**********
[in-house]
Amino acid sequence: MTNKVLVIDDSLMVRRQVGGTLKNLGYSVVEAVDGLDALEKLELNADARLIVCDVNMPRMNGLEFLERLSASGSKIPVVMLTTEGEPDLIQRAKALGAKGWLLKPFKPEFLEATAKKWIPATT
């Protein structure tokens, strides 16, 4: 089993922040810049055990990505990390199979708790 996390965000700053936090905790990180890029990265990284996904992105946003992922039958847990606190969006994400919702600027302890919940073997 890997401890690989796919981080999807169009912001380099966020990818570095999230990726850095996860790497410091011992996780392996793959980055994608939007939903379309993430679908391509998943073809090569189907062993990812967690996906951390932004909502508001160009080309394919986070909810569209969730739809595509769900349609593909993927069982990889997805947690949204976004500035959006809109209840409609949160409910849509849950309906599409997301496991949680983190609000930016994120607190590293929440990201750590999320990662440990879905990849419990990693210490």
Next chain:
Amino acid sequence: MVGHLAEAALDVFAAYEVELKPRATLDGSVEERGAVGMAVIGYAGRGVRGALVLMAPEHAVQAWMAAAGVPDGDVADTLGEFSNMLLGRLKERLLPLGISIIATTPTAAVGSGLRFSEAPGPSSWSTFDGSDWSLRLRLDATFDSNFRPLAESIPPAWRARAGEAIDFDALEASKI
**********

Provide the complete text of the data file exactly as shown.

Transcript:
[in-house]
Amino acid sequence: MTNKVLVIDDSLMVRRQVGGTLKNLGYSVVEAVDGLDALEKLELNADARLIVCDVNMPRMNGLEFLERLSASGSKIPVVMLTTEGEPDLIQRAKALGAKGWLLKPFKPEFLEATAKKWIPATT
């Protein structure tokens, strides 16, 4: 089993922040810049055990990505990390199979708790 996390965000700053936090905790990180890029990265990284996904992105946003992922039958847990606190969006994400919702600027302890919940073997 890997401890690989796919981080999807169009912001380099966020990818570095999230990726850095996860790497410091011992996780392996793959980055994608939007939903379309993430679908391509998943073809090569189907062993990812967690996906951390932004909502508001160009080309394919986070909810569209969730739809595509769900349609593909993927069982990889997805947690949204976004500035959006809109209840409609949160409910849509849950309906599409997301496991949680983190609000930016994120607190590293929440990201750590999320990662440990879905990849419990990693210490």
Next chain:
Amino acid sequence: MVGHLAEAALDVFAAYEVELKPRATLDGSVEERGAVGMAVIGYAGRGVRGALVLMAPEHAVQAWMAAAGVPDGDVADTLGEFSNMLLGRLKERLLPLGISIIATTPTAAVGSGLRFSEAPGPSSWSTFDGSDWSLRLRLDATFDSNFRPLAESIPPAWRARAGEAIDFDALEASKI